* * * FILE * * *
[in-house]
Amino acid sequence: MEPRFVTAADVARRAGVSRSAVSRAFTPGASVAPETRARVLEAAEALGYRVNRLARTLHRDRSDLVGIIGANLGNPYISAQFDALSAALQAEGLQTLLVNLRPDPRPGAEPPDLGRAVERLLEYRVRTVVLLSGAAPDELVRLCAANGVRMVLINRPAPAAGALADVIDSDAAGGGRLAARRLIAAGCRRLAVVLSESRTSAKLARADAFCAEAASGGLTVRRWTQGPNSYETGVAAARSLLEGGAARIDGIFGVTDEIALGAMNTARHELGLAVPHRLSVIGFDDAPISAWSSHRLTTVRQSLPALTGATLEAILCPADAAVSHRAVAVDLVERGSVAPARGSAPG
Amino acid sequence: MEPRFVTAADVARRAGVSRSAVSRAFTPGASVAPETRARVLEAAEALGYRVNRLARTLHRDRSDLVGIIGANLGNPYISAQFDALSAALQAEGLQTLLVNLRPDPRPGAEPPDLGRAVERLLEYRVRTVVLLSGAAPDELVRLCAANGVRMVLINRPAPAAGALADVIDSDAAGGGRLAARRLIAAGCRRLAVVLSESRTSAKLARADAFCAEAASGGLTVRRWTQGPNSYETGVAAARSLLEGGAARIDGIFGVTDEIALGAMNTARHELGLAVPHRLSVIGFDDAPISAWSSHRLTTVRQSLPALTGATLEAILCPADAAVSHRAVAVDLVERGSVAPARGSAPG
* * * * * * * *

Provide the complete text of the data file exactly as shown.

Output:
[in-house]
Amino acid sequence: MEPRFVTAADVARRAGVSRSAVSRAFTPGASVAPETRARVLEAAEALGYRVNRLARTLHRDRSDLVGIIGANLGNPYISAQFDALSAALQAEGLQTLLVNLRPDPRPGAEPPDLGRAVERLLEYRVRTVVLLSGAAPDELVRLCAANGVRMVLINRPAPAAGALADVIDSDAAGGGRLAARRLIAAGCRRLAVVLSESRTSAKLARADAFCAEAASGGLTVRRWTQGPNSYETGVAAARSLLEGGAARIDGIFGVTDEIALGAMNTARHELGLAVPHRLSVIGFDDAPISAWSSHRLTTVRQSLPALTGATLEAILCPADAAVSHRAVAVDLVERGSVAPARGSAPG
Amino acid sequence: MEPRFVTAADVARRAGVSRSAVSRAFTPGASVAPETRARVLEAAEALGYRVNRLARTLHRDRSDLVGIIGANLGNPYISAQFDALSAALQAEGLQTLLVNLRPDPRPGAEPPDLGRAVERLLEYRVRTVVLLSGAAPDELVRLCAANGVRMVLINRPAPAAGALADVIDSDAAGGGRLAARRLIAAGCRRLAVVLSESRTSAKLARADAFCAEAASGGLTVRRWTQGPNSYETGVAAARSLLEGGAARIDGIFGVTDEIALGAMNTARHELGLAVPHRLSVIGFDDAPISAWSSHRLTTVRQSLPALTGATLEAILCPADAAVSHRAVAVDLVERGSVAPARGSAPG